Alas, this unique view from the pole will more than likely go undocumented. A similar eclipse was caught in 2003 from the Antarctic, and a few intrepid eclipse chasers, including author David Levy did manage to make the journey down under to witness totality from the polar continent.
Safety is paramount when observing the Sun and a solar eclipse. Eye protection is mandatory during all partial phases across Europe, northern Asia, North Africa and the Middle East. A proper solar filter mask constructed of Baader safety film is easy to construct, and should fit snugly over the front aperture of a telescope. No. 14 welder’s goggles are also dense enough to look at the Sun, as are safety glasses specifically designed for eclipse viewing. Observing the Sun via projection or by using a pinhole projector is safe and easy to do.
Weather is always the big variable in the days leading up to any eclipse. Unfortunately, March in the North Atlantic typically hosts stormy skies, and the low elevation of the eclipse in the sky may hamper observations as well. From the Faroe Islands, the Sun sits 18 degrees above the horizon during totality, while from the Svalbard Islands it’s even lower at 12 degrees in elevation. Much of Svalbard is also mountainous, making for sunless pockets of terrain that will be masked in shadow on eclipse day. Mean cloud amounts for both locales run in the 70% range, and the Eclipser website hosts a great in-depth climatology discussion for this and every eclipse.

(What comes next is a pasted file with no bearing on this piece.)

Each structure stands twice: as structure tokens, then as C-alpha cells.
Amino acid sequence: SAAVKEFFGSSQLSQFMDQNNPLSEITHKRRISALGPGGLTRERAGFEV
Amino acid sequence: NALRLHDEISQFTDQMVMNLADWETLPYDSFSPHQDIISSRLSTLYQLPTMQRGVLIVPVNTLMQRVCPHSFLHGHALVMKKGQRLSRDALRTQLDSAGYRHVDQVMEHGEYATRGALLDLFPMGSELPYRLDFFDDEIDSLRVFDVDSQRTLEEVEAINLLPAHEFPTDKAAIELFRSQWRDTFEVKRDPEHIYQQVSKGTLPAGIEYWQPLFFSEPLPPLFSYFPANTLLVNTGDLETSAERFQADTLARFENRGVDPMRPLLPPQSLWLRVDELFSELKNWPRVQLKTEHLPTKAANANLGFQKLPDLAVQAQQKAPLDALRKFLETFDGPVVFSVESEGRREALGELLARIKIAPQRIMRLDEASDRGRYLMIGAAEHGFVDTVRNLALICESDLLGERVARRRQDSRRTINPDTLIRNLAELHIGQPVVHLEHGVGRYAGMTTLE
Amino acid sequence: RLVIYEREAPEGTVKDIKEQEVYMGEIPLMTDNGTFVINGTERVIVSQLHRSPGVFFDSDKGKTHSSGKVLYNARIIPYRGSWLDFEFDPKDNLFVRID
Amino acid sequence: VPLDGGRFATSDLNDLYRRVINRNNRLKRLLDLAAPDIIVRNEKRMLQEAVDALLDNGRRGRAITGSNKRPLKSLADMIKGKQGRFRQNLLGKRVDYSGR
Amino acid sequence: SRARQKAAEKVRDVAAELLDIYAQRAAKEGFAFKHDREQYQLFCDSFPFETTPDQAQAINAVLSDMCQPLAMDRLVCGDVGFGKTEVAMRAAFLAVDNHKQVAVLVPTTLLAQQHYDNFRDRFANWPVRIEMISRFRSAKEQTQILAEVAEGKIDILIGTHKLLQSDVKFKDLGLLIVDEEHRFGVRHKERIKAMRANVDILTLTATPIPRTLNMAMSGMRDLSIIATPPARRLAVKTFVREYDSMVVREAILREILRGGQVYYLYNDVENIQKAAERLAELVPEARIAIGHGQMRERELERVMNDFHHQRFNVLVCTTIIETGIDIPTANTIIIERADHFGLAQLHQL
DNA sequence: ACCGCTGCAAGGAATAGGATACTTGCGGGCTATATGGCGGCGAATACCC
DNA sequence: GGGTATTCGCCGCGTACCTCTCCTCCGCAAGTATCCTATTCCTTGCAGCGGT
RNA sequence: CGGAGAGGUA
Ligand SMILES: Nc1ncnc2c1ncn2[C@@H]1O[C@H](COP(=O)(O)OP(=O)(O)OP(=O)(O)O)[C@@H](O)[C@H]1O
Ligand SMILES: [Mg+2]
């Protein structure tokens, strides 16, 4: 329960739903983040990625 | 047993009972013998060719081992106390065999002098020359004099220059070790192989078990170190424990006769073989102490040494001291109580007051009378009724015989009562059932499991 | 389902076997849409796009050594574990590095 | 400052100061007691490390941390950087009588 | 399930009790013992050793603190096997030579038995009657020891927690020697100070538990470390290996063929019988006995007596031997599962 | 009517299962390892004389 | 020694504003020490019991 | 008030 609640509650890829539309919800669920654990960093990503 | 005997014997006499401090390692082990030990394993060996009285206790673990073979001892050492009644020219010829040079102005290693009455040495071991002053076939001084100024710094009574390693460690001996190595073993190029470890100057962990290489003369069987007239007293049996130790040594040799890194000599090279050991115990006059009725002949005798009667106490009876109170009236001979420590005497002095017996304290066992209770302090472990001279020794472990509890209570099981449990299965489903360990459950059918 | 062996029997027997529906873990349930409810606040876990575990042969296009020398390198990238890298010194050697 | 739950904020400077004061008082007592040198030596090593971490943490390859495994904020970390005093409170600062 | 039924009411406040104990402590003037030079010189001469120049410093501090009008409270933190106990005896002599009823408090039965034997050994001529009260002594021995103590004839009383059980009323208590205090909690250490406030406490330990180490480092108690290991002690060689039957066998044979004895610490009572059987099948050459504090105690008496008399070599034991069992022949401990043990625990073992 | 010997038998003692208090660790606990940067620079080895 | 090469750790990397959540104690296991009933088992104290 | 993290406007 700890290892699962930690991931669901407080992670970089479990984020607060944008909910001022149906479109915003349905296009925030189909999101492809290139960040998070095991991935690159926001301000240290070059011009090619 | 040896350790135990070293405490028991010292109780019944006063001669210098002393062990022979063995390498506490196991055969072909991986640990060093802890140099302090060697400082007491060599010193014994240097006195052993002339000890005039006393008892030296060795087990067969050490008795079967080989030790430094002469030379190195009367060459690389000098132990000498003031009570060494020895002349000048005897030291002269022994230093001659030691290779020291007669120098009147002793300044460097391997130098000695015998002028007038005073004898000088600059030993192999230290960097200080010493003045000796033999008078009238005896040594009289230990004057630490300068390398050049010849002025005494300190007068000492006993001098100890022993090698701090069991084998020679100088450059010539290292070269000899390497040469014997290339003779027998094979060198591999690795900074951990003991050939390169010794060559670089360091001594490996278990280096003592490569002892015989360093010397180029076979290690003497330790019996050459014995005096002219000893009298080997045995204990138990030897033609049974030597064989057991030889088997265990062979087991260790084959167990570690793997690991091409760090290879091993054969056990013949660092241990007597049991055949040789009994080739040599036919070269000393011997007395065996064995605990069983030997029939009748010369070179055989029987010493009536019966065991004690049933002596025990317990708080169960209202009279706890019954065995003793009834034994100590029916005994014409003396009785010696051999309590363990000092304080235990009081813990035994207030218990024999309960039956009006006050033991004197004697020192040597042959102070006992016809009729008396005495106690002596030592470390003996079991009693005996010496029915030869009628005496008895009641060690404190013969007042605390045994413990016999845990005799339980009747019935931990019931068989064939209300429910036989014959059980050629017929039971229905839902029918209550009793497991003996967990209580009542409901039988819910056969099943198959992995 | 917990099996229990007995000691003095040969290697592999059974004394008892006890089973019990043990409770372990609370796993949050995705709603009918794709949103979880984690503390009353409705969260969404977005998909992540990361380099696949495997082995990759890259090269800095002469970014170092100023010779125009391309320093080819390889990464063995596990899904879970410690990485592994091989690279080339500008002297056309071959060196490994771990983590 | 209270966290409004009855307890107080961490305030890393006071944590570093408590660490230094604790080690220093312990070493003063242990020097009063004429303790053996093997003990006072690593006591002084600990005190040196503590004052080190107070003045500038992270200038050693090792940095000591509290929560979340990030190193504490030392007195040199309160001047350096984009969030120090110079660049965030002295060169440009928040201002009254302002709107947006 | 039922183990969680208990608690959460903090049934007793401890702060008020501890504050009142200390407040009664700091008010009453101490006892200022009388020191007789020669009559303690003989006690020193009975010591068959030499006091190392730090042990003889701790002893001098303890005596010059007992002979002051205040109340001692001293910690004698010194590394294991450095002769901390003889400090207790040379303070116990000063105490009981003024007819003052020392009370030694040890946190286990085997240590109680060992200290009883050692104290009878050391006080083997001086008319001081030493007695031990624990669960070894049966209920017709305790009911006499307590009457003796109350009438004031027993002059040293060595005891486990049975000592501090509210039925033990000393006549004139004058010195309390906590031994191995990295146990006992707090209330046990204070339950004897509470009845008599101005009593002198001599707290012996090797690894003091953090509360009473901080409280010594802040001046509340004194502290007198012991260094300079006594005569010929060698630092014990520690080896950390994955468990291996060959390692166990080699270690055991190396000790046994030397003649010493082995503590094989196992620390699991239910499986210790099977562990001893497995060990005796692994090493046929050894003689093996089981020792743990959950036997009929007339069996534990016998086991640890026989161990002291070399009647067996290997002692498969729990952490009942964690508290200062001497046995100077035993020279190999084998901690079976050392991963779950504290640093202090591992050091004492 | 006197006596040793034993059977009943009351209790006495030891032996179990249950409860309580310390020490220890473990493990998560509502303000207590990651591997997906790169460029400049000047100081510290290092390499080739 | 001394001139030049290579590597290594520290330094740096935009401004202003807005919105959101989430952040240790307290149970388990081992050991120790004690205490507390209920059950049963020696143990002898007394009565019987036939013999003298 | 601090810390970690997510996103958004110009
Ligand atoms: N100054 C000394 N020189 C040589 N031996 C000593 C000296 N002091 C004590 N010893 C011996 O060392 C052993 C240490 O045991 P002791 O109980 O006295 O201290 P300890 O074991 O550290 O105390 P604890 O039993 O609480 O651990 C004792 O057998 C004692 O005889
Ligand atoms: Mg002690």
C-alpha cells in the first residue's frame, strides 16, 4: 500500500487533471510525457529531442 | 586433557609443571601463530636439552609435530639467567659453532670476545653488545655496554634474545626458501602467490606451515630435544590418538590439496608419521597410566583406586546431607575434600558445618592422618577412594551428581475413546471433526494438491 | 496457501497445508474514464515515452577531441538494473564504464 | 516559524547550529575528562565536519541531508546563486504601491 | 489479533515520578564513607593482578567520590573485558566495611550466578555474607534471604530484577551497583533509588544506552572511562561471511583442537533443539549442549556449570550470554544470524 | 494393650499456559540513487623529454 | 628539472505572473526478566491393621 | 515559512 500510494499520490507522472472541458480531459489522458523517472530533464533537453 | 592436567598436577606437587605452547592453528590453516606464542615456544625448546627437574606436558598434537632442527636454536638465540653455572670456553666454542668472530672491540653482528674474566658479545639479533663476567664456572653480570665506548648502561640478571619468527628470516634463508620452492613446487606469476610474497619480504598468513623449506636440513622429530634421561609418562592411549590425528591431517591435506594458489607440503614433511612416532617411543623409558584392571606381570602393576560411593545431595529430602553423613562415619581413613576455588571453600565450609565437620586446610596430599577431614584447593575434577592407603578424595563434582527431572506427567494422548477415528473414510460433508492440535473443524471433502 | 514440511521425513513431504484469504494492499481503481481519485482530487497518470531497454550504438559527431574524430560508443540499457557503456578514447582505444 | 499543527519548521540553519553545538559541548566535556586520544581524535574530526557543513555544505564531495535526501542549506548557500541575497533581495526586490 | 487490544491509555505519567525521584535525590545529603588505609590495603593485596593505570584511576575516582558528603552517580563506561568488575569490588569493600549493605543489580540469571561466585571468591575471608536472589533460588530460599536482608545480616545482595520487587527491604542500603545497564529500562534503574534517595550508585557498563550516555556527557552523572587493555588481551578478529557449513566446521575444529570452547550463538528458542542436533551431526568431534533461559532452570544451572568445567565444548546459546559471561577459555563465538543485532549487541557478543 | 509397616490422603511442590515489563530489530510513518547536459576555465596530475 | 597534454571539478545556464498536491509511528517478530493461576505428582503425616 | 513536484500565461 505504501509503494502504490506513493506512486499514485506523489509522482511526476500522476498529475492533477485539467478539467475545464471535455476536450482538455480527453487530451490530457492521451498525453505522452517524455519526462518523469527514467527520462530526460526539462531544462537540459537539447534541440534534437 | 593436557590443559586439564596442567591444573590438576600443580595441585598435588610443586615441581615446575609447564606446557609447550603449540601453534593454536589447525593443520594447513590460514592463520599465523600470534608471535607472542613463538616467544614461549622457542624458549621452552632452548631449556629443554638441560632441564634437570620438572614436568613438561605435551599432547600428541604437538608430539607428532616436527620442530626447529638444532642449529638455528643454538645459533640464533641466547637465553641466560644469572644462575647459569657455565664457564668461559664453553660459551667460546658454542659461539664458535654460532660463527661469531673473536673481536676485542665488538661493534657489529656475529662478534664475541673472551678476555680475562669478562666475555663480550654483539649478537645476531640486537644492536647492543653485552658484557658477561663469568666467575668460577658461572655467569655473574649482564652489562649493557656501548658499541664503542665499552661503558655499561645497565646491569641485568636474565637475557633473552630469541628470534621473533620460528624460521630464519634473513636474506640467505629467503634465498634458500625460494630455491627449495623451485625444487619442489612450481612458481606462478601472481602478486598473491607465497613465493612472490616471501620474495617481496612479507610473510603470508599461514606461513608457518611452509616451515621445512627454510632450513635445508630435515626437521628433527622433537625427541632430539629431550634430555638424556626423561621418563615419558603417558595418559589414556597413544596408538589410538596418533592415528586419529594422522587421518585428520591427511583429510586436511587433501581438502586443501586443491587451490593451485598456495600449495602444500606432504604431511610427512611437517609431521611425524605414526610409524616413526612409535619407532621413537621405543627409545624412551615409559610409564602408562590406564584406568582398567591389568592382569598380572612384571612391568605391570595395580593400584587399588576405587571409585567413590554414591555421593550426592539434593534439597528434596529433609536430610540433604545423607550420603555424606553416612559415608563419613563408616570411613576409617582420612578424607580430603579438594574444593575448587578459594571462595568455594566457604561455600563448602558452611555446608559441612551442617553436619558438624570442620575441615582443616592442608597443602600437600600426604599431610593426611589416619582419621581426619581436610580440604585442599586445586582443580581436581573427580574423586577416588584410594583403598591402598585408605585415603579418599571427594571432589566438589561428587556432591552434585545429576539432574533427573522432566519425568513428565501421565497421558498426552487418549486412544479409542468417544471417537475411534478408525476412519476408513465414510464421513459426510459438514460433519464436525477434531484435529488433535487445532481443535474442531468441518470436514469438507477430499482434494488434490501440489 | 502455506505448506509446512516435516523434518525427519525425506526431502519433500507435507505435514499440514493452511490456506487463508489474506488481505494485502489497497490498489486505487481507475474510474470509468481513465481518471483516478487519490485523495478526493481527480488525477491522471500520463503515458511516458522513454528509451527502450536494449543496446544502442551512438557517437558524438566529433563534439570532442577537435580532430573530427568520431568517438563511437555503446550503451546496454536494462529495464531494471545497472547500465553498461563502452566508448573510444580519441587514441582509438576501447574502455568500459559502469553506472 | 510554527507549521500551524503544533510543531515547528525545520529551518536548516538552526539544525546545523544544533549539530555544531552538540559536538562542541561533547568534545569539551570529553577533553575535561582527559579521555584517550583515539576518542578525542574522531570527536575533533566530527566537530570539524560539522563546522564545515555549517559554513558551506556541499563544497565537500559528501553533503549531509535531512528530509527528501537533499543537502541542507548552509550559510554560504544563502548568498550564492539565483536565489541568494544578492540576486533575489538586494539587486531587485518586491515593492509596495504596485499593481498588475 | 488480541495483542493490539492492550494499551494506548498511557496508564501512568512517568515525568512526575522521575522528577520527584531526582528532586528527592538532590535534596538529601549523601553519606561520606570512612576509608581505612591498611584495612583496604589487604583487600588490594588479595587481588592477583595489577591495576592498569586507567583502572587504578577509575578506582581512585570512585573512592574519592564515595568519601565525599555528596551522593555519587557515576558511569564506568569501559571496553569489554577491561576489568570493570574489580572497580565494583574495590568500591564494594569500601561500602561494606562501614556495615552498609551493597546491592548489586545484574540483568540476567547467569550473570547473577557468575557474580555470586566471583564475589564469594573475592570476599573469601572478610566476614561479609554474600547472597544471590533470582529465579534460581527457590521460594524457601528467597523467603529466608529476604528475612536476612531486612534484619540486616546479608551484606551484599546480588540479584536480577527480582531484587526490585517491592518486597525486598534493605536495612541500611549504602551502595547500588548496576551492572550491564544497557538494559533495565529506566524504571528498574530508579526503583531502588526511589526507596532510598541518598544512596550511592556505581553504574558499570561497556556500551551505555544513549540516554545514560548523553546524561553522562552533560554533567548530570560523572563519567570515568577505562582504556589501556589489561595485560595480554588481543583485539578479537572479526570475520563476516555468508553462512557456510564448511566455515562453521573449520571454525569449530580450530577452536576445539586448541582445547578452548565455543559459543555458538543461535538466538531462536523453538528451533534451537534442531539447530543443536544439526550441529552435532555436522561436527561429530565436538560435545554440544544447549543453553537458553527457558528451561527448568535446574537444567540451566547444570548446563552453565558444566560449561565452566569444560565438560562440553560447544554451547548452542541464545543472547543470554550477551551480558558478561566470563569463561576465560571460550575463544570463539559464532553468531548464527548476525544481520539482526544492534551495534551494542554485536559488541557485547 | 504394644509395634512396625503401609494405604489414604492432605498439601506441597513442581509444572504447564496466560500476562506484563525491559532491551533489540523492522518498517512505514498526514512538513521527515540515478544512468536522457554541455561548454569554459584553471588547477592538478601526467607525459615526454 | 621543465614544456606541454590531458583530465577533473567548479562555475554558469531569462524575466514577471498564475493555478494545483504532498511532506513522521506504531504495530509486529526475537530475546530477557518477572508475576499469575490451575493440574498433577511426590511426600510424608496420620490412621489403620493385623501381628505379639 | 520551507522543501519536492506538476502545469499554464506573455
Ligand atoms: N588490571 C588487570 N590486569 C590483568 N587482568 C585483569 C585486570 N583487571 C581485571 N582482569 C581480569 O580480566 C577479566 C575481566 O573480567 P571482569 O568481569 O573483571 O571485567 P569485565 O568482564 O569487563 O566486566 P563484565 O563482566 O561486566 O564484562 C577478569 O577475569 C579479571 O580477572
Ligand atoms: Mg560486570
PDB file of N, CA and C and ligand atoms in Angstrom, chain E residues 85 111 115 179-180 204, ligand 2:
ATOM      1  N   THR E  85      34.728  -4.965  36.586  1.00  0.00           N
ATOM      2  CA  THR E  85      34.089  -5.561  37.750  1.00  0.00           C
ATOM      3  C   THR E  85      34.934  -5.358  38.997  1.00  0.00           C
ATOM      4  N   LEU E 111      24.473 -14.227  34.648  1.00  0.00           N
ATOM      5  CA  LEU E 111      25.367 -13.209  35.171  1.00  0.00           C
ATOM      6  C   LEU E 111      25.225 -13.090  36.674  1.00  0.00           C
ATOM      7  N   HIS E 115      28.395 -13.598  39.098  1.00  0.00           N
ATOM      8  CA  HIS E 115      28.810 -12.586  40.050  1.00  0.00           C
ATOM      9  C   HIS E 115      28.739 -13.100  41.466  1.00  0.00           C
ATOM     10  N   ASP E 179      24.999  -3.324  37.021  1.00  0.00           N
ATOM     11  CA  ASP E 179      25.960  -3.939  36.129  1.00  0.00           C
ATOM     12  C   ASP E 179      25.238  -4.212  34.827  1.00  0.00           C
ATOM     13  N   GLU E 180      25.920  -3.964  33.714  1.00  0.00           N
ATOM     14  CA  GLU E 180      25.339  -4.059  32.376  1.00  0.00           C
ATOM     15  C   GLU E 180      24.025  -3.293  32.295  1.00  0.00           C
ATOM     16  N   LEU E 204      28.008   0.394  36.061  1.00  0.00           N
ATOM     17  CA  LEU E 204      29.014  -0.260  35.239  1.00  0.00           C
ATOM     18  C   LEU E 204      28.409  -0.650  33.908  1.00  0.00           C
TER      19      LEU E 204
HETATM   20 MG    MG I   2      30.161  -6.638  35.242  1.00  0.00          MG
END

But don’t despair: you only need a clear view of the Sun to witness an eclipse!
Solar activity is also another big variable. Witnesses to the October 23rd, 2014 partial solar eclipse over the U.S. southwest will recall that we had a massive and very photogenic sunspot turned Earthward at the time. The Sun has been remarkably calm as of late, though active sunspot region 2297 is developing nicely. It will have rotated to the solar limb come eclipse day, and we should have a good grasp on what solar activity during the eclipse will look like come early next week.
And speaking of which: could an auroral display be in the cards for those brief few minutes of totality? It’s not out of the question, assuming the Sun cooperates. Of course, the pearly white corona of the Sun still gives off a considerable amount of light during totality, equal to about half the brightness of a Full Moon. Still, witnessing two of nature’s grandest spectacles — a total solar eclipse and the aurora borealis — simultaneously would be an unforgettable sight, and to our knowledge, has never been documented!
We also put together some simulations of the eclipse as seen from Earth and space:
Note that an area of southern Spain may witness a transit of the International Space Station during the partial phase of the eclipse. This projection is tentative, as the orbit of the ISS evolves over time. Be sure to check CALSky for accurate predictions in the days leading up to the eclipse.
Can’t make it to the eclipse? Live in the wrong hemisphere? There are already a few planned webcasts for the March 20th eclipse:
–Astronomia Practica plans to post photos in near real time of the eclipse from northern Scotland.
And stay tuned, as North America and the Pacific region will witness another total lunar eclipse on April 4th 2014. And we’ve only got one more total solar eclipse across Southeast Asia in 2016 before the total solar eclipse of August 21st 2017 spanning the U.S.